In recent weeks progress towards ending the conflicts in the ethnic states appears to have been made, as an unprecedented conference of ethnic armed resistance groups held in Laiza, the headquarters of the Kachin Independence Organisation, resulted in a six-step roadmap and a framework for political dialogue. This conference was followed immediately by a dialogue between the ethnic armed groups and the Government, in Myitkyina, the Kachin State capital. It appears that it is still at the level of talks about talks. The much-promised and long-sought-after nationwide political dialogue required if ceasefires are to turn into a lasting peace process is still to materialise, but the prospect of guns falling silent throughout Myanmar for the first time in over 65 years is closer than ever.
Key to real change, however, will be the behaviour of the Myanmararmy, the Tatmadaw. Just as progress towards peace appeared in the conference rooms, the Tatmadaw escalated attacks in Kachin State, defiantly contradicting the regime’s promises. According to the Free Burma Rangers, on October 22 several villages in southern Kachin state were attacked, causing 700 villagers to take refuge in a local church. Tatmadaw soldiers surrounded the church and held the villagers hostage. Eight days later, a 15 year-old girl, SumlutRoi Ja, was gang-raped by Tatmadaw soldiers. Reports of the rape of an eight year-old girl emerged more recently. These are just the latest in a well-documented pattern of rape and sexual violence by the Tatmadaw.
During my recent visit to Myanmar, I travelled to Hakha, in Chin State, a region until very recently closed to foreigners. The fact that foreigners can now visit Chin State without a permit is a sign of change. The fact that I could contribute to a three-day workshop on human rights, with participants from throughout Chin State, is an even greater sign that the reforms which have taken root in Yangon and other major cities are beginning to be felt in more remote areas as well. These are very welcome changes. But at the same time, we heard recent testimonies of sexual violence, forced labour, and religious discrimination from Chin Christians, and we saw Buddhist pagodas which had been built by the military on mountain-tops, often in place of Christian crosses, a clear symbol of Burman dominance over ethnic and religious minorities. We heard of the Chins’ desire to establish a university in Hakha, and successive regimes’ refusal, perceived by the Chin as evidence of discrimination. Clearly, over the years Chin State has suffered from a chronic lack of investment in basic services, from road construction to electricity, from health care to education, part of previous regimes’ deliberate policy of subjugation. If real change is to be secured, policies of discrimination based on ethnicity or religion must end and human rights abuses must stop.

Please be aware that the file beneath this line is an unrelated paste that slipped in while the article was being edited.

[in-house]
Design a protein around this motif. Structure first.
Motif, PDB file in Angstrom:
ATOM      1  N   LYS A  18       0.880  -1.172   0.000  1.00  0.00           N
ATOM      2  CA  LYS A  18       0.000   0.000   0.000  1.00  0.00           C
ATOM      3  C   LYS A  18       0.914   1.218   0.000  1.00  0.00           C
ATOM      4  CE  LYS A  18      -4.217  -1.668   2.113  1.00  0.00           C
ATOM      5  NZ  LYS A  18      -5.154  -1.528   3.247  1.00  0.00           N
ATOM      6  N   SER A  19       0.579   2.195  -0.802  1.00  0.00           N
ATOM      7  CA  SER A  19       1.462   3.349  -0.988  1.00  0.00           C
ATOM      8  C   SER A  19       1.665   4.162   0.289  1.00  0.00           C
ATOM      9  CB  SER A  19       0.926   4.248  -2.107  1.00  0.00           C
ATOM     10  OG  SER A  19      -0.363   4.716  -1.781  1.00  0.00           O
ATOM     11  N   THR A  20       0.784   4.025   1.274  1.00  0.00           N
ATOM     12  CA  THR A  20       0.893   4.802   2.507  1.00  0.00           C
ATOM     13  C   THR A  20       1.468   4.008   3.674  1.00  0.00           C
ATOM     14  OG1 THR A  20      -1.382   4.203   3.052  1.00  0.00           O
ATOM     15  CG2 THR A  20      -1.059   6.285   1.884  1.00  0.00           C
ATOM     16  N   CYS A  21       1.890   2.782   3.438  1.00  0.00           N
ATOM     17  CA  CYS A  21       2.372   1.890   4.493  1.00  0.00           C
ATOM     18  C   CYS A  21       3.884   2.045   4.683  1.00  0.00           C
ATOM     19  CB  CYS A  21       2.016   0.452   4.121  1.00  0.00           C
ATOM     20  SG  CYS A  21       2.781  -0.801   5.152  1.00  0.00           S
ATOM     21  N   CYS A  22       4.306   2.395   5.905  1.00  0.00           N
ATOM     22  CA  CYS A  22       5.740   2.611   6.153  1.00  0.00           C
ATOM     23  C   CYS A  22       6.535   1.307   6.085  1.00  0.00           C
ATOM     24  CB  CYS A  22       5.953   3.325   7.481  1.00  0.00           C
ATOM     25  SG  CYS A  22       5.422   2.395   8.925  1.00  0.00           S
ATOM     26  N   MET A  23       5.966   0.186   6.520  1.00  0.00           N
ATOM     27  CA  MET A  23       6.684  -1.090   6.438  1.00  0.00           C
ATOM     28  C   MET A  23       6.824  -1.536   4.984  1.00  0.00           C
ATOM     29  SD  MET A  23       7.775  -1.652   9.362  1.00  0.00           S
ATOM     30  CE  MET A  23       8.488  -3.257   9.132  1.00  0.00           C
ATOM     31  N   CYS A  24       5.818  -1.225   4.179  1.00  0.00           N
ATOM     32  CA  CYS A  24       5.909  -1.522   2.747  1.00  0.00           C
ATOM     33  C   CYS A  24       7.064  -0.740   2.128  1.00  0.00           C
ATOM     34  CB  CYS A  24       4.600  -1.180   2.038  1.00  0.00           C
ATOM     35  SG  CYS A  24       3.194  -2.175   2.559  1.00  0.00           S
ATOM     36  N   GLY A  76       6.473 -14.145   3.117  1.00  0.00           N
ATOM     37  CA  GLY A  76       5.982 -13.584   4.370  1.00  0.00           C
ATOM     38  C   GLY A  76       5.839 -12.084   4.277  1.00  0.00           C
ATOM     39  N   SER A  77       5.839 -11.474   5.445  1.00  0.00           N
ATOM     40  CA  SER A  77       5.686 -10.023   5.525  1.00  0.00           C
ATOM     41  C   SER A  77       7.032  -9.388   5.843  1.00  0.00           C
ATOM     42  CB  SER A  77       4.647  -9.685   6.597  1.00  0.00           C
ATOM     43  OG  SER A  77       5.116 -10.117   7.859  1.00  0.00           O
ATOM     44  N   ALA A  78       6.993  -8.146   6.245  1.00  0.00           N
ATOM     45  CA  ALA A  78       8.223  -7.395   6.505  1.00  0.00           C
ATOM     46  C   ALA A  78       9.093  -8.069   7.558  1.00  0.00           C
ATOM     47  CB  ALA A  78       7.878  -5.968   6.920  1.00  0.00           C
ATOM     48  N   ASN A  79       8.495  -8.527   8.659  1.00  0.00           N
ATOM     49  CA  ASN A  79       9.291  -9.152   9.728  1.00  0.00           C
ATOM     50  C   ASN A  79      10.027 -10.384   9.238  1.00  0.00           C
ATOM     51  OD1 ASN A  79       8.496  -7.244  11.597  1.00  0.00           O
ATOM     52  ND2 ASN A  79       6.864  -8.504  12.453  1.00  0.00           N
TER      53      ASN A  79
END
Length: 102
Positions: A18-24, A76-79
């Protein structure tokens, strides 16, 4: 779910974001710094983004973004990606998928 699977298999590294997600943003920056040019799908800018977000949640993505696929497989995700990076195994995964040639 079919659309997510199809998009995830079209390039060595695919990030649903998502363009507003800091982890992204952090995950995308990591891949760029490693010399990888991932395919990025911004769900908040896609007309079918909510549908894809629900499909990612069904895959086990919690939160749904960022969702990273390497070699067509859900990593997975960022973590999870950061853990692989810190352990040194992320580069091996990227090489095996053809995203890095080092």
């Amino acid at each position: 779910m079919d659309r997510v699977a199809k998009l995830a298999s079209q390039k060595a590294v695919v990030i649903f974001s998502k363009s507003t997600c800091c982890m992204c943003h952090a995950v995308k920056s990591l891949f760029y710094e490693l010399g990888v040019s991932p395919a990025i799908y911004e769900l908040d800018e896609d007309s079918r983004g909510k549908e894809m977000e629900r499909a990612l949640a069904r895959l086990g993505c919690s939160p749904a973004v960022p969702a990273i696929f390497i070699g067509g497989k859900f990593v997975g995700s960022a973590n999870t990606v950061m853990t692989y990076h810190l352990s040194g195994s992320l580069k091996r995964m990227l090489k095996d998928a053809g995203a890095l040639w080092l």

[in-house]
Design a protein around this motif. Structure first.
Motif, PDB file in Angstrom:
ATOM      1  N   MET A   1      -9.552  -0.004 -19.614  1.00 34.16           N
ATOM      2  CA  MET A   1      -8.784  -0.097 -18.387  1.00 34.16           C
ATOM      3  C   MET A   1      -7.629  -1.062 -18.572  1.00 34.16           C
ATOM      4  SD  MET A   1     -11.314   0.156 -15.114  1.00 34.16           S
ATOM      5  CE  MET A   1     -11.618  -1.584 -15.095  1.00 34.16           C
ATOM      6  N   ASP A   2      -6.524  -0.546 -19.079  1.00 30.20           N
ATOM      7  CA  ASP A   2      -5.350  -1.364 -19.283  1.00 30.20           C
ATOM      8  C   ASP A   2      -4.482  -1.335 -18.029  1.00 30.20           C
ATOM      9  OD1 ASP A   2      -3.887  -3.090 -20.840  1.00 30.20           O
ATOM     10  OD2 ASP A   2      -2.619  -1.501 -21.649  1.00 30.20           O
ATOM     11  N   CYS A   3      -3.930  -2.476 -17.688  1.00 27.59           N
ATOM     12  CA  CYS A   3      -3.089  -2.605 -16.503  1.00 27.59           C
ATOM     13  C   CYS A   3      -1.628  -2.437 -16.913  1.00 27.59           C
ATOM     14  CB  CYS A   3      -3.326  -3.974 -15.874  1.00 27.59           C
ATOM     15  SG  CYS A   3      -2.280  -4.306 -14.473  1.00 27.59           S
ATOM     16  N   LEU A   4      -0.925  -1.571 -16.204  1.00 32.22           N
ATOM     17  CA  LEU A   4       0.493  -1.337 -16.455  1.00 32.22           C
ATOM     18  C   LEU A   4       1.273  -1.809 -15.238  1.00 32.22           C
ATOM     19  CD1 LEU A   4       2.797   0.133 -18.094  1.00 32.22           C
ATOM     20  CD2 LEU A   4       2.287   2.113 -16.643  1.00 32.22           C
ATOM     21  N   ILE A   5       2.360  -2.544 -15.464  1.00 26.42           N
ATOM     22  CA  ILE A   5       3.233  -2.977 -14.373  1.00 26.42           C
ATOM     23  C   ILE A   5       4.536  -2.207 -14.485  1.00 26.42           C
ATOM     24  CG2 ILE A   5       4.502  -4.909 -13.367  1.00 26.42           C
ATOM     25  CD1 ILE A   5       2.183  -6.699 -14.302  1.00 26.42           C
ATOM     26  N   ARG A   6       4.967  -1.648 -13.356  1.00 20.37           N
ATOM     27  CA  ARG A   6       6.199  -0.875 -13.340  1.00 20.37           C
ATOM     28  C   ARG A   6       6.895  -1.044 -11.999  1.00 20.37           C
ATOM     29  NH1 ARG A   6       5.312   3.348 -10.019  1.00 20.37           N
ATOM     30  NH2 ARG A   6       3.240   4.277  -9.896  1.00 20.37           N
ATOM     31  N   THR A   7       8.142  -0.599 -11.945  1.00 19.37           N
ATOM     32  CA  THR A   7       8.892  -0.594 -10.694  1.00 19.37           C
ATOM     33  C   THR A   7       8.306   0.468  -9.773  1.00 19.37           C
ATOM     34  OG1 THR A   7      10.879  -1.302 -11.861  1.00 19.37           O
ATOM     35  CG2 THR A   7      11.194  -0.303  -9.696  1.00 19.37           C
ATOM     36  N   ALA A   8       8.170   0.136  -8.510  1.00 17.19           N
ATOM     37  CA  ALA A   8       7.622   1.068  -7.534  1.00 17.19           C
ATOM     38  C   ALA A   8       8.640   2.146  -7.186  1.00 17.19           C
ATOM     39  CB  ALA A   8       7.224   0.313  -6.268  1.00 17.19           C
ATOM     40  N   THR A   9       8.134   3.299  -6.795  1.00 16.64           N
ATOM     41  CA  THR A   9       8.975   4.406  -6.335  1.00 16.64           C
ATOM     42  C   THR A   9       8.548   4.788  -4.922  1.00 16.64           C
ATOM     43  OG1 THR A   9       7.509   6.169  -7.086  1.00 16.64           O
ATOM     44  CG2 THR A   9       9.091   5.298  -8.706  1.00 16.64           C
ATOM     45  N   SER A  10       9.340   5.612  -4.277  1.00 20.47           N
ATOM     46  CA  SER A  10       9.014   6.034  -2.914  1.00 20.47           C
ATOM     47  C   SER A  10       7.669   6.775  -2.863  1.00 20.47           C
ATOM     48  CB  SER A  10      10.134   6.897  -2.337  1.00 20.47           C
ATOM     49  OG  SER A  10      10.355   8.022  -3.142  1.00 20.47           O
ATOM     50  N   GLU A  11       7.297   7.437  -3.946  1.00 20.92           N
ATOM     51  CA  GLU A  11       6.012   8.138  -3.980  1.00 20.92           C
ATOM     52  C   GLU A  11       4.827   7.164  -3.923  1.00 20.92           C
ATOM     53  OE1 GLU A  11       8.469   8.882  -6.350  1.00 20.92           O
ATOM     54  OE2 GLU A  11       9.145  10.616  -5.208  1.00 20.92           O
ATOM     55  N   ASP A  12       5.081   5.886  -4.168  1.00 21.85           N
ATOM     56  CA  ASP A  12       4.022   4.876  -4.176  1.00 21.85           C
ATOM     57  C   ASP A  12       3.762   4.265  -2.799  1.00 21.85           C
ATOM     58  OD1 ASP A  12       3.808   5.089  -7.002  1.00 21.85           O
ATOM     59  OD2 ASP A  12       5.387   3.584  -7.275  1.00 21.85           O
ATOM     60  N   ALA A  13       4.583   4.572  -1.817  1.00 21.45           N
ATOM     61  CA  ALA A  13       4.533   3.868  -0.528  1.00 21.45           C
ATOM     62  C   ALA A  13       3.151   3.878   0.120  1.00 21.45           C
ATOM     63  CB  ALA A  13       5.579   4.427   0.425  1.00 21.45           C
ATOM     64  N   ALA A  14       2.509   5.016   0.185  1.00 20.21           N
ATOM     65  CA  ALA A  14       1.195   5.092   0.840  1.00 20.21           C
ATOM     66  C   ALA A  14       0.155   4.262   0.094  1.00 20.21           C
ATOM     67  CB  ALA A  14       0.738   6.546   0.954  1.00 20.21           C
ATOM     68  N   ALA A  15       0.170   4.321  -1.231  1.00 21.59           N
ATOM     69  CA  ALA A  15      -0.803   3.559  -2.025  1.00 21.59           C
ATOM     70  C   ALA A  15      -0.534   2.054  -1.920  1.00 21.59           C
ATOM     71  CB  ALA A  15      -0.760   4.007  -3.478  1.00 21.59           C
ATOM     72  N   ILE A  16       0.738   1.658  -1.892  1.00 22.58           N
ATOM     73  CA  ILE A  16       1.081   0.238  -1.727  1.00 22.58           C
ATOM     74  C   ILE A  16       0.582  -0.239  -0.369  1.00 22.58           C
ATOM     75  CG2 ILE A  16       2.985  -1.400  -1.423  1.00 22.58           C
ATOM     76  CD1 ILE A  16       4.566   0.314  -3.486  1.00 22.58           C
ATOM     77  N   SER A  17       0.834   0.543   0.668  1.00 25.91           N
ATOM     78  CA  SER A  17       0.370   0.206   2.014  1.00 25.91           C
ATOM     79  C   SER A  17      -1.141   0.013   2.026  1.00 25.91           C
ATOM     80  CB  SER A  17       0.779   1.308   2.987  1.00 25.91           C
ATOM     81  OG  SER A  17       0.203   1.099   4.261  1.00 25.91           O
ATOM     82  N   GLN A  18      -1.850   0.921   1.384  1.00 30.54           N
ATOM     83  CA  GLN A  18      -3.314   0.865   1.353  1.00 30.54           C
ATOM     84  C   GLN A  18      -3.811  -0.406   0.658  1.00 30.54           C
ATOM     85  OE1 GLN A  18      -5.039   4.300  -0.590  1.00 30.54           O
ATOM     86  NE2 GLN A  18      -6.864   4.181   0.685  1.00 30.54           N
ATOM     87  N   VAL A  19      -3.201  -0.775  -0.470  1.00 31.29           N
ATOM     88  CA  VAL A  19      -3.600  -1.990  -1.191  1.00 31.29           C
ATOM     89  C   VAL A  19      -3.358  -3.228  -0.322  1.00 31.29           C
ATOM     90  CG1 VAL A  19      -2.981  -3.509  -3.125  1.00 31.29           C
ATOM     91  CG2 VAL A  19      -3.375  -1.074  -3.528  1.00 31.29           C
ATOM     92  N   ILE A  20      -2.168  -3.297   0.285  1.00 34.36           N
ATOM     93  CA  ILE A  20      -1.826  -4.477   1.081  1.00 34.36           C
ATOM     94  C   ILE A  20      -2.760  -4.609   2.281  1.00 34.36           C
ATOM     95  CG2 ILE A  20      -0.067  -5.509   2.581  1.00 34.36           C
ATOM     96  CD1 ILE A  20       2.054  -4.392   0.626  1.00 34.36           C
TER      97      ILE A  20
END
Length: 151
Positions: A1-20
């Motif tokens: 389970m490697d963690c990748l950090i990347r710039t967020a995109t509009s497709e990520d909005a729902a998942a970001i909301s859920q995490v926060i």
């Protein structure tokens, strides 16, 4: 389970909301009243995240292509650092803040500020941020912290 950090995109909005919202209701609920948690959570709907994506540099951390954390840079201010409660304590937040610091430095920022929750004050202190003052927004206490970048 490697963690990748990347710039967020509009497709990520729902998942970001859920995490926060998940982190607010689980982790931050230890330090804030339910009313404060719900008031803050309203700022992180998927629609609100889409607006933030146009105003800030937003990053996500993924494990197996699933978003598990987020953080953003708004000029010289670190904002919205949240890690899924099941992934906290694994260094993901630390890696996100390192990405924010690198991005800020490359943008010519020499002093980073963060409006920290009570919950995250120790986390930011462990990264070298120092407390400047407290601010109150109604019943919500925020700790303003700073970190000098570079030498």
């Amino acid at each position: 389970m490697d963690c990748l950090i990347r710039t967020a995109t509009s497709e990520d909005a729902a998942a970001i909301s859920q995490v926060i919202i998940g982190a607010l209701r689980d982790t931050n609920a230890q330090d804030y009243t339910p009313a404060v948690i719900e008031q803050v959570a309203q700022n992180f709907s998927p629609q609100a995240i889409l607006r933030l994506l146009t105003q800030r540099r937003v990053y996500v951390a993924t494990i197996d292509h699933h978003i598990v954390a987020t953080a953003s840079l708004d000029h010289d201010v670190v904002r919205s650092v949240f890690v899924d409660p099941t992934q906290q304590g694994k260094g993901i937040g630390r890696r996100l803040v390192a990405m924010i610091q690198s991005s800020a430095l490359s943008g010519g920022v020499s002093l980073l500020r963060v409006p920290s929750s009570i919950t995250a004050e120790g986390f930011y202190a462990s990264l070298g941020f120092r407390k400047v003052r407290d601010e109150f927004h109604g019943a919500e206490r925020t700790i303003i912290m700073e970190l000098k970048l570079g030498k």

Freedom of thought, conscience, religion or belief, as set out in Article 18 of the Universal Declaration of Human Rights, is foundational to any open society. Myanmar has made significant changes in the past two years, which should be welcomed and encouraged, but unless and until Myanmar can learn to celebrate its ethnic and religious diversity, true freedom will remain elusive.
In her recent interview with BBC Radio 4’s Today Programme, Aung San SuuKyi claimed anti-Muslim violence was caused by fear. She was roundly criticised for her remarks, but in essence she is right. All extremism is motivated, at least in part, by fear, albeit often misplaced, exaggerated or unfounded. The question is how to address such fears in a way that is constructive, not destructive. As Sacks notes, “The greatest single antidote to violence is conversation, speaking our fears, listening to the fears of others, and in that sharing of vulnerabilities discovering a genesis of hope.” If Myanmar can begin to move in that direction, then the prospects for real change become more realistic.
Meanwhile, there is a very long way to go. In spite of the positive openings, there is an urgent need for real change in the system, rather than just the atmosphere. Most immediately, the forthcoming UN General Assembly resolution must honestly reflect the current situation, good and bad, welcoming the positive changes but highlighting the many serious issues that still need to be resolved. These include constitutional reform, repeal of repressive laws, development of the rule of law, proper policing, clear condemnation of hate speech and violence from the Government and the opposition, and reform of the 1982 Citizenship Act to bring it into line with international standards and ensure that no person born in Myanmar is rendered stateless on account of race or religion. It means the Government taking some very easy, symbolic steps such as signing the British Foreign Secretary’s Preventing Sexual Violence Initiative, signing and ratifying the International Covenant on Civil and Political Rights, and inviting the UN Special Rapporteur on Freedom of Religion or Belief to visit the country. It means inter-faith and inter-ethnic reconciliation initiatives taking place not only at an urban leadership level, but at a grassroots practical level. It means painstakingly building trust between different religious and ethnic communities across the nation. It requires courage, compassion, creativity, honesty, humility and transparency. If these steps happen, we can say that Myanmar is really changing. Until then, all we can say is that there is a very very long way to go, although perhaps the beginning of the beginning may have now begun.
A version of this opinion piece has been published in The Wall Street Journal.